REVIEW: Coca-Cola Coffee Plus (Japan)

Coca Cola Coffee Plus

Coffee and Coke sounds like the morning ritual of an 80’s Wall Street banker. It’s also the combination found in a new beverage in Japan that’s exclusively available at vending machines — Coca-Cola Coffee Plus.

For those of you who were in diapers a decade ago, Coke did offer a coffee-flavored cola called Coke Blãk. If you’re wondering if it was Coke Blech, I thought it was pretty good. But the rest of America didn’t think so because it wasn’t around for very long.

Since being discontinued, I could’ve easily and cheaply make a Coke Blãk-like beverage by combining the Coke and coffee already in my kitchen. But, nope, I did it the hard way by purchasing a can of Coca-Cola Coffee Plus from eBay for a ridiculous price plus international shipping from a seller in Japan, which would take two weeks to arrive.

But the thing about Coca-Cola Coffee Plus is that it’s not made by combining two liquids. It gets it coffee in the form of an extract powder. The cola and coffee combo gives the can’s contents 34 milligrams of caffeine, which is not a lot in this day of caffeine-filled espressos and energy drinks. But, granted, the can is a wee one. It holds about 6.5 ounces, which makes spending about $15 for a can a bit silly.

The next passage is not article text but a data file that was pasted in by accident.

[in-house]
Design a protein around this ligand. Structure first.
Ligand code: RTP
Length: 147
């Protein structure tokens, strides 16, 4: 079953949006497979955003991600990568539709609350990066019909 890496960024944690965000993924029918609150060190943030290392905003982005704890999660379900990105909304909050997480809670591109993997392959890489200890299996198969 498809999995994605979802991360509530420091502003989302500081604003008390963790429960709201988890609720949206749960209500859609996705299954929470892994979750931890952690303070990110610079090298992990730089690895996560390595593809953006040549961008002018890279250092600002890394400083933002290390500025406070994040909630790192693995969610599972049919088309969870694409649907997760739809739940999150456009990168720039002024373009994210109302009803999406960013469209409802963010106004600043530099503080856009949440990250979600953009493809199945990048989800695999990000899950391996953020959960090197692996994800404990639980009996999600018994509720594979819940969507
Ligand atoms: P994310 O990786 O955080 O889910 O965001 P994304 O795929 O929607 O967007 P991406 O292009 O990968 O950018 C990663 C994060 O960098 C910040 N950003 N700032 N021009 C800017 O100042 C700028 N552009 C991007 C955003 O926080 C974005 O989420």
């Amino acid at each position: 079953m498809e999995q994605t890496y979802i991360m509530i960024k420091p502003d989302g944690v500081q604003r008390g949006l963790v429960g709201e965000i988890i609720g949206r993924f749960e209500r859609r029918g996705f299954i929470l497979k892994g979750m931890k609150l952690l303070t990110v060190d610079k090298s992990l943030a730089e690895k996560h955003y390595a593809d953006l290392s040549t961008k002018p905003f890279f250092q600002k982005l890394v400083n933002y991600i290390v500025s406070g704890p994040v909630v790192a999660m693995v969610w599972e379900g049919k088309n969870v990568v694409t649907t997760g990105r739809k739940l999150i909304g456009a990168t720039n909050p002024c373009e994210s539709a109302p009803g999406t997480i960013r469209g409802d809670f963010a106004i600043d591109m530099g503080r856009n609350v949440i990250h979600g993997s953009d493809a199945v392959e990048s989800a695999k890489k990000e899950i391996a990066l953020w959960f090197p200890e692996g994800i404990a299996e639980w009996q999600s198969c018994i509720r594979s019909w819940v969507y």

The beverage’s aroma is a bit weird. At times, it smells like coffee. Other times it’s coffee with cola spices. But that’s not why its weird. That’s expected. What’s odd is that sometimes, while finding out if my nose could pick out the coffee and cola, there were moments when I thought I smelled Japanese curry.

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As for its flavor, it tastes better than what I remember Coke Blãk was like. The coffee flavor hits my tongue first. It’s not bold, like drinking black coffee. It’s mild and goes well with the cola spices. From what I can taste, it doesn’t seem to have artificial sweeteners like Coke Blãk did, which is why I enjoy it more. It’s tasty enough that I’m sad it didn’t come in a larger can or bottle. Also, that would’ve meant more sweet, sweet caffeine.